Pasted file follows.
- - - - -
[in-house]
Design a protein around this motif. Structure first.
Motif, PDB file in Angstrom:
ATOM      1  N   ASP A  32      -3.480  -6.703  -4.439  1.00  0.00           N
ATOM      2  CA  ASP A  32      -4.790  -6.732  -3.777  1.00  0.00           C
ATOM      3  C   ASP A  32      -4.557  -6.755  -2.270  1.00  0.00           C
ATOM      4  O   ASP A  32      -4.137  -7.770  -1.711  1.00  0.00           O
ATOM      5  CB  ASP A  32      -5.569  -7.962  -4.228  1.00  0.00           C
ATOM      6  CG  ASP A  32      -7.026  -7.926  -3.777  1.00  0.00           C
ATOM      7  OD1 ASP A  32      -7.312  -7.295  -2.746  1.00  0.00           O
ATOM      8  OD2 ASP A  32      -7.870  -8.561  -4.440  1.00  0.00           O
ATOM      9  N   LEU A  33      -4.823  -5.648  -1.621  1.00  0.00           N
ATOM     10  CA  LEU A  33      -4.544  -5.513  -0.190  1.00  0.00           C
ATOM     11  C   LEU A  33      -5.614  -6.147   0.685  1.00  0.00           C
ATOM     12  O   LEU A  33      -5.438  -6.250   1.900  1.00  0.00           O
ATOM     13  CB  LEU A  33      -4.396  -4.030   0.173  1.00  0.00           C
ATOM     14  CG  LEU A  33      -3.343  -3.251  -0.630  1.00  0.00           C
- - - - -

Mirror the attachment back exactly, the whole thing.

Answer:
[in-house]
Design a protein around this motif. Structure first.
Motif, PDB file in Angstrom:
ATOM      1  N   ASP A  32      -3.480  -6.703  -4.439  1.00  0.00           N
ATOM      2  CA  ASP A  32      -4.790  -6.732  -3.777  1.00  0.00           C
ATOM      3  C   ASP A  32      -4.557  -6.755  -2.270  1.00  0.00           C
ATOM      4  O   ASP A  32      -4.137  -7.770  -1.711  1.00  0.00           O
ATOM      5  CB  ASP A  32      -5.569  -7.962  -4.228  1.00  0.00           C
ATOM      6  CG  ASP A  32      -7.026  -7.926  -3.777  1.00  0.00           C
ATOM      7  OD1 ASP A  32      -7.312  -7.295  -2.746  1.00  0.00           O
ATOM      8  OD2 ASP A  32      -7.870  -8.561  -4.440  1.00  0.00           O
ATOM      9  N   LEU A  33      -4.823  -5.648  -1.621  1.00  0.00           N
ATOM     10  CA  LEU A  33      -4.544  -5.513  -0.190  1.00  0.00           C
ATOM     11  C   LEU A  33      -5.614  -6.147   0.685  1.00  0.00           C
ATOM     12  O   LEU A  33      -5.438  -6.250   1.900  1.00  0.00           O
ATOM     13  CB  LEU A  33      -4.396  -4.030   0.173  1.00  0.00           C
ATOM     14  CG  LEU A  33      -3.343  -3.251  -0.630  1.00  0.00           C